Last, the addition of a diagonal support.

There are 2 design changes in the Y-axis system. The entire motor mount system has been redesigned which gives better support for the motor.

The belt clamp system has been greatly improved. It’s much easier to install and tighten the belt with the addition of a belt tensioner. 

A screw pushes the belt out from the belt clamp allowing for easier tightening.

It’s also worth mentioning that this kit comes with a 2.5T belt and pulley system opposed to the normal 5T belt that is used on the original Prusa Mendel.

Overall, I think the alterations have contributed to the ease of the build. The wiki instructions are not as graphic as the Gary Hodgson instruction manual for the Prusa Mendel, but are clear enough and sufficient so far. The frame assembly actually makes a fun project with young kids; my daughters helped me considerably by patiently stringing nuts and washers on all the rods.

Wednesday, November 21, 2012

WhiteAnt 3d Printer Build- Redesigning the Y-Axis

The original WhiteAnt design utilizes 3/8" V-groove bearings for the Y-axis movement. It works by sliding a metal strap (that's attached to the side of the printer’s bed) in and along the V-groove of the bearings. The motor and belt system is located to the left of the bed.

This system may be fine for the original design, but has always been a concern for me since I increased the bed size from 8 9/16" x 9 1/16" to 12" x 17". Pulling the bed from one side with the V-groove bearing system creates wobble in the bed and there’s more vibration in the printer as a whole.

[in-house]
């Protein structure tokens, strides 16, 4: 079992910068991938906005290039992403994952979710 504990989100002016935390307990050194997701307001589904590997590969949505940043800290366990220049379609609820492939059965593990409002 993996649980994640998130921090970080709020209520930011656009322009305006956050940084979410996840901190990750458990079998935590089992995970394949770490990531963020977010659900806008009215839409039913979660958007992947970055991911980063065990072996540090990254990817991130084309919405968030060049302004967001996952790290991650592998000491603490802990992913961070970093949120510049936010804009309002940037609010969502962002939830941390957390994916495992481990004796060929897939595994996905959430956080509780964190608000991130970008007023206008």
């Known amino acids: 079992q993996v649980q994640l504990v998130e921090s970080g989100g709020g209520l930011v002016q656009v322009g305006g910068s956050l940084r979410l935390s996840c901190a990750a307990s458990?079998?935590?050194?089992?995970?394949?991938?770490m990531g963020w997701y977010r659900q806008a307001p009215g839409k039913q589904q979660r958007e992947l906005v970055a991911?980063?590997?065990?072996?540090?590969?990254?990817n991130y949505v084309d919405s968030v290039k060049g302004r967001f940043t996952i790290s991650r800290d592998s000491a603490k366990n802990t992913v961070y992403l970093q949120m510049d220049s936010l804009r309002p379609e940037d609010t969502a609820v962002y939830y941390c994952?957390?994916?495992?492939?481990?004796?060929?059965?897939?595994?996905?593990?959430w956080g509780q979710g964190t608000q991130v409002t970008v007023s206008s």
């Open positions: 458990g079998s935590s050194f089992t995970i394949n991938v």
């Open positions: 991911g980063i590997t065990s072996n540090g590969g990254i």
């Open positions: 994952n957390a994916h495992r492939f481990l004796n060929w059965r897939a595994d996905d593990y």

My solution to this problem has been to replace the entire bearing system with a different design. I'm using (2) 16mm linear shafts with 4 slide bearings which I mounted to the base of the printer. This eliminates any stress on the printer’s  structure and it provides more precision in its movement.

I kept the motor and belt system as originally designed: it's a belt stretched across both ends of the Y-axis length of travel and powered by the motor’s pulley in the middle. Tension is created by 2 idler pulleys (made from bearings) pulling the belt around the motor’s pulley in a  S-shaped curve.